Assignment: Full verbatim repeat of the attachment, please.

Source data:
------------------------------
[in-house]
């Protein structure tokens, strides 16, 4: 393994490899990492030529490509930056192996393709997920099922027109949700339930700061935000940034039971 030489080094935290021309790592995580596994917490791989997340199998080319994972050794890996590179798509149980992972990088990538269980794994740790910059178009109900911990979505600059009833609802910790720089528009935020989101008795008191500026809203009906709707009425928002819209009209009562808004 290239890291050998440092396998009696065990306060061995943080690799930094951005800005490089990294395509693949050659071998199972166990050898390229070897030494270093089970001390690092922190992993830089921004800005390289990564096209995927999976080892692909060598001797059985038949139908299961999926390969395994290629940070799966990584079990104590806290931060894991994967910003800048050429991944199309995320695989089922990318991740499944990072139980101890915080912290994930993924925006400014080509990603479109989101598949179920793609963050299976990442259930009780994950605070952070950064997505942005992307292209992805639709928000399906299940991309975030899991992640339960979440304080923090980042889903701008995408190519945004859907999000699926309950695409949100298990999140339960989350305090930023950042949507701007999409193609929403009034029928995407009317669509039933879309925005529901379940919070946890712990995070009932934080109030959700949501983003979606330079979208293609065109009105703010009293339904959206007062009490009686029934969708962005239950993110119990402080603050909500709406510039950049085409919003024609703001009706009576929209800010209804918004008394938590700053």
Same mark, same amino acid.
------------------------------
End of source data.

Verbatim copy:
[in-house]
């Protein structure tokens, strides 16, 4: 393994490899990492030529490509930056192996393709997920099922027109949700339930700061935000940034039971 030489080094935290021309790592995580596994917490791989997340199998080319994972050794890996590179798509149980992972990088990538269980794994740790910059178009109900911990979505600059009833609802910790720089528009935020989101008795008191500026809203009906709707009425928002819209009209009562808004 290239890291050998440092396998009696065990306060061995943080690799930094951005800005490089990294395509693949050659071998199972166990050898390229070897030494270093089970001390690092922190992993830089921004800005390289990564096209995927999976080892692909060598001797059985038949139908299961999926390969395994290629940070799966990584079990104590806290931060894991994967910003800048050429991944199309995320695989089922990318991740499944990072139980101890915080912290994930993924925006400014080509990603479109989101598949179920793609963050299976990442259930009780994950605070952070950064997505942005992307292209992805639709928000399906299940991309975030899991992640339960979440304080923090980042889903701008995408190519945004859907999000699926309950695409949100298990999140339960989350305090930023950042949507701007999409193609929403009034029928995407009317669509039933879309925005529901379940919070946890712990995070009932934080109030959700949501983003979606330079979208293609065109009105703010009293339904959206007062009490009686029934969708962005239950993110119990402080603050909500709406510039950049085409919003024609703001009706009576929209800010209804918004008394938590700053």
Same mark, same amino acid.